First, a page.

Figure 1

Schematic illustration of asperities and stable sliding given by Hasegawa et al. [16].

Figure 2

Geometrical fault model of non-uniform dip slip (x-axis is parallel to the strike component of the fault; y-axis is normal to the strike component and the z-axis is heading downward vertically and below the strike component; L is the length of the fault; W is the width of the fault, δ is the dip angle of the fault plane; τ is the average shear on the dip fault plane. Arrows represent the nonuniform slip of hanging wall relative to foot wall along the fault width)

In Figure 1, the model describes the relative motion between the Japanese mainland and the Pacific plate, with the lower part of the Japanese mainland extruded by the Pacific plate at the speed of 8 cm/yr [17]. In the smooth area between the two plates, it is easy to identify a stable sliding area with non-seismic activity. Nevertheless, a local asperity area can also be detected in the non-smooth area. Crustal deformation often occurs in the asperity area, with constant accumulation of elastic potential energy [18]. When the elastic potential energy hits the threshold value of the asperity system, an intense slip occurs within a short time. As a result, earthquakes with different magnitudes may happen in asperity areas [19]. To describe this coseismic deformation induced by the non-uniform dip slip between two plates, a non-uniform dip slip model of the hanging wall relative to the foot wall along a fault plane is built (see Figure 2).

## 4 Application to GPS data for the 2011 Tohoku earthquake

### 4.1 GPS data

GPS has been the most precise and convenient technology in geodetic surveying over the past two decades. Therefore, many studies (e.g., Tiryakioglu et al.; Garrido et al.; Shestakov et al.) have applied global navigation satellite system (GNSS) technologies in 2011 Tohoku earthquake, and smoothly monitored its horizontal and vertical deformation [20, 21, 22].

In this article, we applied our new formula to the high precision GPS data (collected from JPL) for the 2011 Tohoku earthquake in order to validate the NDSM using the surface deformation (ftp://sideshow.jpl.nasa.gov/pub/usrs/ARIA/) A total of 1232 GPS sites in the seismic region (135-150E,32-45N) were calculated by the advanced rapid imaging and analysis (ARIA) team at JPL using the original data provided by the geospatial information authority (GSI) of Japan. Station positions and velocities were estimated in the International GNSS Service (IGS08) reference frame by using the QOCA software. Meanwhile, the data modeled by QOCA was performed using sequential kalman filtering (http://gipsy.jpl.nasa.gov/qoca/)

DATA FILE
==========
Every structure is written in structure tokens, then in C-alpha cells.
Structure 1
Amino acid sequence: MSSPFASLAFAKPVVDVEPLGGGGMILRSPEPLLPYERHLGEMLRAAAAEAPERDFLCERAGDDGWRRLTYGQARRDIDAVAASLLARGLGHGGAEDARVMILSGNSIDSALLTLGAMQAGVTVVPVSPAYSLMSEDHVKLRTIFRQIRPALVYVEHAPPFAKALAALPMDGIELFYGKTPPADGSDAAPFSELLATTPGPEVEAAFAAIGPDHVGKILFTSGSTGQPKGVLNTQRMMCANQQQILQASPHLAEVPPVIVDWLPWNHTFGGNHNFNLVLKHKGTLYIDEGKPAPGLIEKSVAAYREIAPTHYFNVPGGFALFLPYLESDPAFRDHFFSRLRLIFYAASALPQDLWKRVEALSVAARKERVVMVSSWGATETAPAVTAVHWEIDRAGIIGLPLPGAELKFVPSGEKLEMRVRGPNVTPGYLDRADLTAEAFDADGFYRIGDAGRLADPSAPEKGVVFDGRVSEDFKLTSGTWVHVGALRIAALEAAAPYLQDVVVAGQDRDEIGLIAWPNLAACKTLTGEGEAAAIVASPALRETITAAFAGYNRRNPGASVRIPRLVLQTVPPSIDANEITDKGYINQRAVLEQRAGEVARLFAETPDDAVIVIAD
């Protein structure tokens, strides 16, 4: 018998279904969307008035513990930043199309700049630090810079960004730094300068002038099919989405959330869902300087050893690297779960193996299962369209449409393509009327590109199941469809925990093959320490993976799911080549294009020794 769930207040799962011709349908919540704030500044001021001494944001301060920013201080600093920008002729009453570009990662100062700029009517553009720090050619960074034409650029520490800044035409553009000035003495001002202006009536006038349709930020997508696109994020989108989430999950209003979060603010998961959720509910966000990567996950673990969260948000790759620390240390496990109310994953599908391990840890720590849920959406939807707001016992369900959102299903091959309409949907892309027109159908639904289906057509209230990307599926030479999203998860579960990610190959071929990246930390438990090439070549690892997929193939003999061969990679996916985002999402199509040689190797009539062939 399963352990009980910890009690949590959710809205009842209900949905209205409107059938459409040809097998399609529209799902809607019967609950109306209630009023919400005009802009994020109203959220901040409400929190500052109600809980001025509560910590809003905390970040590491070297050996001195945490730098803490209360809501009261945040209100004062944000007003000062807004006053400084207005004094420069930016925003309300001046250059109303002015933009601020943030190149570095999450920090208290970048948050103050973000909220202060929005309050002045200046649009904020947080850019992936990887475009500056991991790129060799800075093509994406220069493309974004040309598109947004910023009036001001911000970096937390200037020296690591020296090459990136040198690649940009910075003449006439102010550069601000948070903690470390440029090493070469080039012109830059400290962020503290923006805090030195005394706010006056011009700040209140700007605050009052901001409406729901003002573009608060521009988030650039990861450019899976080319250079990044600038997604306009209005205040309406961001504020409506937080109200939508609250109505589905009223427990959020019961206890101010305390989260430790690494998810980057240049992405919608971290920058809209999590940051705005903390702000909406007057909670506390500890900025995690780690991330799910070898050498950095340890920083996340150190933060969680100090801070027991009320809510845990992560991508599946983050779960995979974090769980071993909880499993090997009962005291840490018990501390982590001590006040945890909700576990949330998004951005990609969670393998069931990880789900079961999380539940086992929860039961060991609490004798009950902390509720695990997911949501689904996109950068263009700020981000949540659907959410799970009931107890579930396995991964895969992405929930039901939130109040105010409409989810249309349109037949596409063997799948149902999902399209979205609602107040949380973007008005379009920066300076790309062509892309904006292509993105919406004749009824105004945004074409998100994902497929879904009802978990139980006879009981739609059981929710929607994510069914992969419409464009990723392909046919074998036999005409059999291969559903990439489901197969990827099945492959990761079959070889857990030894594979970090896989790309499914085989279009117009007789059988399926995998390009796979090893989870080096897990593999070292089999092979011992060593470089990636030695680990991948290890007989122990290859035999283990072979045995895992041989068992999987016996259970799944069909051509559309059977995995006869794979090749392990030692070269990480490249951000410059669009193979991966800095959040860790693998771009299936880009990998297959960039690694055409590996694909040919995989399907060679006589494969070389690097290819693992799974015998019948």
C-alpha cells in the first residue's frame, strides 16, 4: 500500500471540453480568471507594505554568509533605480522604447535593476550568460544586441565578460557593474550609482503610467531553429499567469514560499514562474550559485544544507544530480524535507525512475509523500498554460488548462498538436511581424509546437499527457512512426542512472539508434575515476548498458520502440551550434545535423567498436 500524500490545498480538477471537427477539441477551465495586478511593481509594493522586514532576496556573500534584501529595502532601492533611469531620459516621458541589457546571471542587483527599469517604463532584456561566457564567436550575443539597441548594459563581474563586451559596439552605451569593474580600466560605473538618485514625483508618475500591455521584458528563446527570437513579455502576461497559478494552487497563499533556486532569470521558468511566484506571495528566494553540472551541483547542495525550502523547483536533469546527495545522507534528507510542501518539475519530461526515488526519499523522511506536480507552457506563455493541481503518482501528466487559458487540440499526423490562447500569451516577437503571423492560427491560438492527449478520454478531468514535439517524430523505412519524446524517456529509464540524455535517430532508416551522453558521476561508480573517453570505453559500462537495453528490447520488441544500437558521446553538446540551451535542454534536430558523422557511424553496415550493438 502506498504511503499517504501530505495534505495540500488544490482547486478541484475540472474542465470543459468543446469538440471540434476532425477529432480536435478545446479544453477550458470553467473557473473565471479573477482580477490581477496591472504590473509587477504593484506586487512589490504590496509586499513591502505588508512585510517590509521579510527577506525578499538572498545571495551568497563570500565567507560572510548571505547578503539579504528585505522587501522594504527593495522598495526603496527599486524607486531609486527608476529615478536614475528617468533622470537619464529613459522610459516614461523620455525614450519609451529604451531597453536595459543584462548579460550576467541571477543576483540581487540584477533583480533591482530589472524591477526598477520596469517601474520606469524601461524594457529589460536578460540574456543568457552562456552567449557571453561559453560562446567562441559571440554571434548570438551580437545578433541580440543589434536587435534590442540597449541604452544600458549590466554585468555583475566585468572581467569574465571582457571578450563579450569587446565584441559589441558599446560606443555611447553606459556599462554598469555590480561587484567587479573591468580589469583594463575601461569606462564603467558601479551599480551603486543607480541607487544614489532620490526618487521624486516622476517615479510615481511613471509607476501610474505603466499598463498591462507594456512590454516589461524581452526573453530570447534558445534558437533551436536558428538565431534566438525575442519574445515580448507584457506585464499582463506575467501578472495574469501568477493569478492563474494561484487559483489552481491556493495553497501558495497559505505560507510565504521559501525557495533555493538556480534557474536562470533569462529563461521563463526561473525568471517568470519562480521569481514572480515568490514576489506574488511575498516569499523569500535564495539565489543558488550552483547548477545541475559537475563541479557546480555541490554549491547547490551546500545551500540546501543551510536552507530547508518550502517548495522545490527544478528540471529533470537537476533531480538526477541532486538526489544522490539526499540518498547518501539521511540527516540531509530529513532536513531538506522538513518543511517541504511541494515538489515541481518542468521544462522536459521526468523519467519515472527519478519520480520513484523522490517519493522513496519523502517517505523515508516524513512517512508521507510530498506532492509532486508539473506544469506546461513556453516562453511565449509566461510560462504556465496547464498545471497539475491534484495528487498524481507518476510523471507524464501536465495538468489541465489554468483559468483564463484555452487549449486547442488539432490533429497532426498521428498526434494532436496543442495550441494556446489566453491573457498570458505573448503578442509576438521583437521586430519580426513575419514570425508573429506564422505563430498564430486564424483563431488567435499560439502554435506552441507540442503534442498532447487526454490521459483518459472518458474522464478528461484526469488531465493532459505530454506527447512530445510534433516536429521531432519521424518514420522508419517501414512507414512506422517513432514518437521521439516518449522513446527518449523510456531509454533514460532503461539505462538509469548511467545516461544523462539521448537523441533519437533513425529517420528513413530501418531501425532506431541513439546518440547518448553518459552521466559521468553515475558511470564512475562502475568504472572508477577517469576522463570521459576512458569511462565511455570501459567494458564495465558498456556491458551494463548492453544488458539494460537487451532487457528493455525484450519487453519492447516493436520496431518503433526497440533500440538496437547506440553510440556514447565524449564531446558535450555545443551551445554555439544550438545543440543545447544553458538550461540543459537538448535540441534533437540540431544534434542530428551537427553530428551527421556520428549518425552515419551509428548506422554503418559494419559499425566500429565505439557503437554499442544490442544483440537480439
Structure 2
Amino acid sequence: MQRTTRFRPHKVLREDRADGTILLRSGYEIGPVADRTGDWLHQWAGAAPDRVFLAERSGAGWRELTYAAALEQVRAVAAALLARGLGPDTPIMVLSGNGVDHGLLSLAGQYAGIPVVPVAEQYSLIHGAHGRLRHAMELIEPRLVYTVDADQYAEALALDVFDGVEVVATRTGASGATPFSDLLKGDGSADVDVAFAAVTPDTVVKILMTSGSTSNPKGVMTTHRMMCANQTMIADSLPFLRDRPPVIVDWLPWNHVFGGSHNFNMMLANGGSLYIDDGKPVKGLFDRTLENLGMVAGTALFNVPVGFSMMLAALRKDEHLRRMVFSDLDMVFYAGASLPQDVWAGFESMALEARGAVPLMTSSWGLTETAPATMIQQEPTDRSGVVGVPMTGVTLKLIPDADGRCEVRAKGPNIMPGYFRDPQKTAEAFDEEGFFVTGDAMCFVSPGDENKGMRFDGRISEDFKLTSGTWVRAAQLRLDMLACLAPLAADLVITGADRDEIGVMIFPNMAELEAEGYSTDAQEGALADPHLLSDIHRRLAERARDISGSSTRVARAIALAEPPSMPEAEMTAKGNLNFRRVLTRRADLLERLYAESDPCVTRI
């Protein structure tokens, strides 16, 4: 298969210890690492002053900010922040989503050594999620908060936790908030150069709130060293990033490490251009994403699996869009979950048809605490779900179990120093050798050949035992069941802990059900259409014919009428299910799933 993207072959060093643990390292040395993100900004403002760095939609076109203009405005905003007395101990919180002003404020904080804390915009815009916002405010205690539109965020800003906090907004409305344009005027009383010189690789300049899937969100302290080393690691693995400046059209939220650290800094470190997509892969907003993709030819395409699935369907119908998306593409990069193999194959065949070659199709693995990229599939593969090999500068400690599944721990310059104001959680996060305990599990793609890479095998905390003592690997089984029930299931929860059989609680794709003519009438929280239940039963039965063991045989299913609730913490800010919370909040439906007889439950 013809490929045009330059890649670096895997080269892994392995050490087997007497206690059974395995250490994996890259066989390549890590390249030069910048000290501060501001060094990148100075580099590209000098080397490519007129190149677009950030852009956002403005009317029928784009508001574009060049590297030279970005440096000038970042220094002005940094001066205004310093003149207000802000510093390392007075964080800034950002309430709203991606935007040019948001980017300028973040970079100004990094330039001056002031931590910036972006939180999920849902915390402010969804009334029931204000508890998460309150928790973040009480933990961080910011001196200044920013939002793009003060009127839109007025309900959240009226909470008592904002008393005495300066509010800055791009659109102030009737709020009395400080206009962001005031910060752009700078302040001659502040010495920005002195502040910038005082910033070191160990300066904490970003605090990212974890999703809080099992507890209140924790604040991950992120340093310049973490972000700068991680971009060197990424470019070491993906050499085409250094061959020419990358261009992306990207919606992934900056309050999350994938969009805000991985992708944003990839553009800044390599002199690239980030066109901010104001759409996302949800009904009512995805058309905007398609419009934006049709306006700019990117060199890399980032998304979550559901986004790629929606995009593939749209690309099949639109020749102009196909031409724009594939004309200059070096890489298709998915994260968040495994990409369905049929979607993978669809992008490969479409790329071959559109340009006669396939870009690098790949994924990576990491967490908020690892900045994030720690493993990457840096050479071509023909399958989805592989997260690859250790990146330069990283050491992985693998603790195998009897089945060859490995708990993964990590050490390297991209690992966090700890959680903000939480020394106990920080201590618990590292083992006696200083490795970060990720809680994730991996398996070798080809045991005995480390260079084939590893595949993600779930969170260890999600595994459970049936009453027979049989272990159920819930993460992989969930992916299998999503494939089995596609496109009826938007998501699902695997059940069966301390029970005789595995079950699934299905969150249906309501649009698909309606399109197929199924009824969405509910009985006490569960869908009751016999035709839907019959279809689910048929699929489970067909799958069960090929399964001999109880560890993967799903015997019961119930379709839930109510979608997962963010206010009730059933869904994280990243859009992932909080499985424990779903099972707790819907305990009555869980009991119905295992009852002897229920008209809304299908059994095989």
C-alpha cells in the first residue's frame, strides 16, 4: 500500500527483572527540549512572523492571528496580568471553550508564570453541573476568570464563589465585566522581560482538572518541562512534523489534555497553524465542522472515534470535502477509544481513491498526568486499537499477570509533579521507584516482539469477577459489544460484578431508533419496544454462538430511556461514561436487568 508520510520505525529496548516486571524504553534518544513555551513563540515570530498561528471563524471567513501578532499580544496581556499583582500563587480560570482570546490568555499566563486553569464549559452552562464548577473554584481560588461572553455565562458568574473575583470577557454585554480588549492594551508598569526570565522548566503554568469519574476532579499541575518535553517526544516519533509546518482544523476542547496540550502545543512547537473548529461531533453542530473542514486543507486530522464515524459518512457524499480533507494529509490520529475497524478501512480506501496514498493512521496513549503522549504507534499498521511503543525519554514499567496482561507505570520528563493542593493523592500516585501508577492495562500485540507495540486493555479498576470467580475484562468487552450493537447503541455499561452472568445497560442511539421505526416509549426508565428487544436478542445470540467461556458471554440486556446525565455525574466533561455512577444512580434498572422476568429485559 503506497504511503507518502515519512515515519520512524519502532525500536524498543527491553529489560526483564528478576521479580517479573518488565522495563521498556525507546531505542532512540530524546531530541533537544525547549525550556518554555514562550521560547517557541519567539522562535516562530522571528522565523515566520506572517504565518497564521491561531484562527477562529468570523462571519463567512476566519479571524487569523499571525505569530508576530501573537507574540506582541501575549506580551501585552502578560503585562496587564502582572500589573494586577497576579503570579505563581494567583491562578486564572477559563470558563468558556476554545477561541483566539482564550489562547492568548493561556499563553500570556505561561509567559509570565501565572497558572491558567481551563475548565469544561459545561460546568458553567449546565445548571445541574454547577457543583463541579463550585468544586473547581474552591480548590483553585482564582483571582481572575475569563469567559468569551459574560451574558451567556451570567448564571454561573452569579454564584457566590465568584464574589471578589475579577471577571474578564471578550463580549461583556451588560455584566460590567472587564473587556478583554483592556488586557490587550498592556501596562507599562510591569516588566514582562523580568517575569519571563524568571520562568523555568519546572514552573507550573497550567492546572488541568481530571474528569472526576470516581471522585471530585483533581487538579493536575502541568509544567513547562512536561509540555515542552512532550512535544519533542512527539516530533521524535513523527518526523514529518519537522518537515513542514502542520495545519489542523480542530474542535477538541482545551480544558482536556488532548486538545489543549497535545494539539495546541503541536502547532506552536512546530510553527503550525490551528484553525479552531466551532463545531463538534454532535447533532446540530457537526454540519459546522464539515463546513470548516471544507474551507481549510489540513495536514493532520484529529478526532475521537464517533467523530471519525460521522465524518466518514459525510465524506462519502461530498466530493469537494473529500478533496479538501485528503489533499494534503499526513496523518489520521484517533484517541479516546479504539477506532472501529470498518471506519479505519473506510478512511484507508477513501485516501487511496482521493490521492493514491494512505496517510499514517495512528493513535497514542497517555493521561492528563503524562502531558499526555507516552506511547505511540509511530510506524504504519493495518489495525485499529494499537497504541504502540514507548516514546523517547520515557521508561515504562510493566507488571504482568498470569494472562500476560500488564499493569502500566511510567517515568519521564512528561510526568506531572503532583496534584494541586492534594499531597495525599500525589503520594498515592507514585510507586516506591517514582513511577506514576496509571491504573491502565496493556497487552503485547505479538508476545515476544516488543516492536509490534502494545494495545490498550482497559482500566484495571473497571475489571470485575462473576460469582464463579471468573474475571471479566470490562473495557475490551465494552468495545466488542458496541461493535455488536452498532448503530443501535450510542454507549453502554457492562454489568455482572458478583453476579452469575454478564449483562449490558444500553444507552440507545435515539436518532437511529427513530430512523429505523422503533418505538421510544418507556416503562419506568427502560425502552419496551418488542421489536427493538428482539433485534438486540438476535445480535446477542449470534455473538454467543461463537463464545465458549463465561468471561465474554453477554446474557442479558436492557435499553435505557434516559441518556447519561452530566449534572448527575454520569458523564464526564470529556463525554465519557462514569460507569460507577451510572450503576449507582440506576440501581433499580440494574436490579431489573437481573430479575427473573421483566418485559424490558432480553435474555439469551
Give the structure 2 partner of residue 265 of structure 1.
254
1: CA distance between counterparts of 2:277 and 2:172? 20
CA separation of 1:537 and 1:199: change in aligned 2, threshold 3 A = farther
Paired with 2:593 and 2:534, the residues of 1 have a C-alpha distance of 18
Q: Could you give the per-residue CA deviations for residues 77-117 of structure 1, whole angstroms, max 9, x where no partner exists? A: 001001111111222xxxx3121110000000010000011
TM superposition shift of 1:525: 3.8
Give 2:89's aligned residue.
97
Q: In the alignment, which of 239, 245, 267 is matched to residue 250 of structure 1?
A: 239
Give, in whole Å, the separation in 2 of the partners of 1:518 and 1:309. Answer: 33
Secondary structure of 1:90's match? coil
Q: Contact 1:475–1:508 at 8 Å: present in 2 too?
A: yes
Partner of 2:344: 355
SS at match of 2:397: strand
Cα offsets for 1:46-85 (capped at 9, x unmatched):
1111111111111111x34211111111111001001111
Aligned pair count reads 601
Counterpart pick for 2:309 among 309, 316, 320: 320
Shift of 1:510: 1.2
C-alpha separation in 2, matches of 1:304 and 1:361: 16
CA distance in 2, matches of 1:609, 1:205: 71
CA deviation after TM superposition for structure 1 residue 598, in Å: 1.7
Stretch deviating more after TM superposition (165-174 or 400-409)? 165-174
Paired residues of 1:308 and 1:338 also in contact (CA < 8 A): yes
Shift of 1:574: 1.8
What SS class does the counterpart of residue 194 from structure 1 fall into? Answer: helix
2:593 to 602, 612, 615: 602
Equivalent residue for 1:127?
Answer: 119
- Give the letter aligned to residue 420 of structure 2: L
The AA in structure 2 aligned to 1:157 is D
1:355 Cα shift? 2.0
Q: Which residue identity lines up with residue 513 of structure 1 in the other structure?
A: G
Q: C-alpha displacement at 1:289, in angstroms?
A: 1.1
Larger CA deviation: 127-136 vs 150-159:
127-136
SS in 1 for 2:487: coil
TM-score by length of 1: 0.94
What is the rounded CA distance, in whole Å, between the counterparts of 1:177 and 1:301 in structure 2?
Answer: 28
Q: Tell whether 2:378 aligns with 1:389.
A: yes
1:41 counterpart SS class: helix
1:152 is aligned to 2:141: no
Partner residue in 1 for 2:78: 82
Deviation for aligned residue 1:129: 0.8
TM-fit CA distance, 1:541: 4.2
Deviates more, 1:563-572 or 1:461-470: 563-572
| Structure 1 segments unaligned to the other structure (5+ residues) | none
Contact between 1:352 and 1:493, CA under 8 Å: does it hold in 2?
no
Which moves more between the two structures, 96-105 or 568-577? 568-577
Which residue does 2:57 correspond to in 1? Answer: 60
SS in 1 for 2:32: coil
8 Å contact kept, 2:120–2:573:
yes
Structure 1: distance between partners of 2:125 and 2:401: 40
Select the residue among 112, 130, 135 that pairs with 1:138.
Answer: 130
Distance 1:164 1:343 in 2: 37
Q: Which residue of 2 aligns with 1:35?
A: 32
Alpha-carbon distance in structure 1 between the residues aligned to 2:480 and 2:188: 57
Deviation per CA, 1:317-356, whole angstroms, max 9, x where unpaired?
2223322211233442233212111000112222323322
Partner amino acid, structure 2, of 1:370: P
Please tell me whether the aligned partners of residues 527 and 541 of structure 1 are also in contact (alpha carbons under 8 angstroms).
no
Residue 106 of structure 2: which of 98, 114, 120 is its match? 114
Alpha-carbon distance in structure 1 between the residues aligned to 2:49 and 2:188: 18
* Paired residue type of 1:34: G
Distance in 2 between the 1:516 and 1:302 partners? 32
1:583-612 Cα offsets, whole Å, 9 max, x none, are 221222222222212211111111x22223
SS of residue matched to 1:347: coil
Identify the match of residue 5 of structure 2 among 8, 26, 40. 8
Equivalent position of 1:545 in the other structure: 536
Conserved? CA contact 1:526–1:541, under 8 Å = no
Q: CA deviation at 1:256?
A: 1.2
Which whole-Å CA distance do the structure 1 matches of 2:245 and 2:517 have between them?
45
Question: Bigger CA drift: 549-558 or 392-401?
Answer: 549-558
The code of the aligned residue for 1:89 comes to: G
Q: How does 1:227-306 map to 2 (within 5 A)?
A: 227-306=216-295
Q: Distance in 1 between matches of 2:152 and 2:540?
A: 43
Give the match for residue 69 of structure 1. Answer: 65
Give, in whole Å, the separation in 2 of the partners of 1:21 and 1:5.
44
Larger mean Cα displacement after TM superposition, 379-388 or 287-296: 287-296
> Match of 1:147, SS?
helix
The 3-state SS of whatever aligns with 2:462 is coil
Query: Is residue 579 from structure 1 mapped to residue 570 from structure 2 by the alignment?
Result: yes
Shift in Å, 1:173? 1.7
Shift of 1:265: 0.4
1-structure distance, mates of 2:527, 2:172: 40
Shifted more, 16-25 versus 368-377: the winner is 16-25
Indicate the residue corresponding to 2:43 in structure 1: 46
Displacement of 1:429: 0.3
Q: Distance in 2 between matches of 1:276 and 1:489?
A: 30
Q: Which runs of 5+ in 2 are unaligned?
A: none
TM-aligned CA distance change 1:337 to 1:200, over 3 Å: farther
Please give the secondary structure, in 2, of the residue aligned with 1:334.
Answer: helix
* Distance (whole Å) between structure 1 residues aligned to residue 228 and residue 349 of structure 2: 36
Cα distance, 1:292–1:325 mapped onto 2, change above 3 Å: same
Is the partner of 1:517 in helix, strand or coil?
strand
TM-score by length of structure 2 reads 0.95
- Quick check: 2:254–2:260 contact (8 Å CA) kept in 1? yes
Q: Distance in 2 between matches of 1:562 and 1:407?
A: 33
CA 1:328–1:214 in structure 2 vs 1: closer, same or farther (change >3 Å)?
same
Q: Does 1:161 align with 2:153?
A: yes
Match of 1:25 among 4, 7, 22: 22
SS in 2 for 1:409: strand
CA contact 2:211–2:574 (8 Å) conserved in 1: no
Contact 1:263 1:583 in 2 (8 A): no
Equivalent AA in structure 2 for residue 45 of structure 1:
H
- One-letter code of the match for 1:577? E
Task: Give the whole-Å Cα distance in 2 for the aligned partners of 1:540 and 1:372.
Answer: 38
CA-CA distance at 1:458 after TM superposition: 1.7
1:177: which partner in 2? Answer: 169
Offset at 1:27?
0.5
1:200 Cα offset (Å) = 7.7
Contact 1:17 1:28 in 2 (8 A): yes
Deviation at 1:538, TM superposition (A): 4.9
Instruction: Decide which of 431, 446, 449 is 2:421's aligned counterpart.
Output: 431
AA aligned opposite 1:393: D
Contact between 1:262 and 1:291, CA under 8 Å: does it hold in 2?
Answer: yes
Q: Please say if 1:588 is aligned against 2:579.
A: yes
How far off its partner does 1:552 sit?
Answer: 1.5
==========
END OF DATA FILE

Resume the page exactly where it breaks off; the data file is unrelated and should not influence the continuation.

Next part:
### 4.2 Experiments

On March 11, 2011, a megathrust earthquake of Mw9.0 struck at the northeast sea area of Japan. According to the United States Geological Survey (USGS) report, the earthquake event occurred at the subduction zone plate boundary (38.297N, 142.373E) between the Pacific and North America plates with a depth of about 29.0 km. It caused at least 15,703 people killed, 4,647 missing, 5,314 injured, the total economic loss in Japan was estimated at US\$309billion (https://earthquake.usgs.gov/earthquakes/eventpage/official20110311054624120_30/) Previous studies have applied different methods to investigate crustal deformation of Tohoku earthquake. Due to different data and methods, there are differences among the literatures about the source slip distribution of the Tohoku Mw9.0 earthquake [23, 24, 25, 26, 27, 28, 29, 30, 31, 32, 33, 34]. The source model of the 2011 Tohoku earthquake was constructed from tsunami waveforms and crustal deformation data [35]. The seafloor displacements obtained from the tsunami simulations generated using uniform and non-uniform slip models have been evaluated [36]. In addition, Yokota et al. developed a unified source model for simulating the Tohoku earthquake through the joint inversion of teleseismic, strong motion, and geodetic datasets [37]. Wang et al. have simulated the slip distribution along the fault of the Tohoku earthquake from the joint inversion of GPS, InSAR and seafloor GPS/Acoustic measurements [38]. In addition, gravity data has been applied to construct a source model for the Tohoku earthquake [25]. Sun et al. and Nodai et al. interpreted the offshore movements of the 2011 Tohoku earthquake using the combined effect of after slip and viscoelastic stress relaxation [39, 40].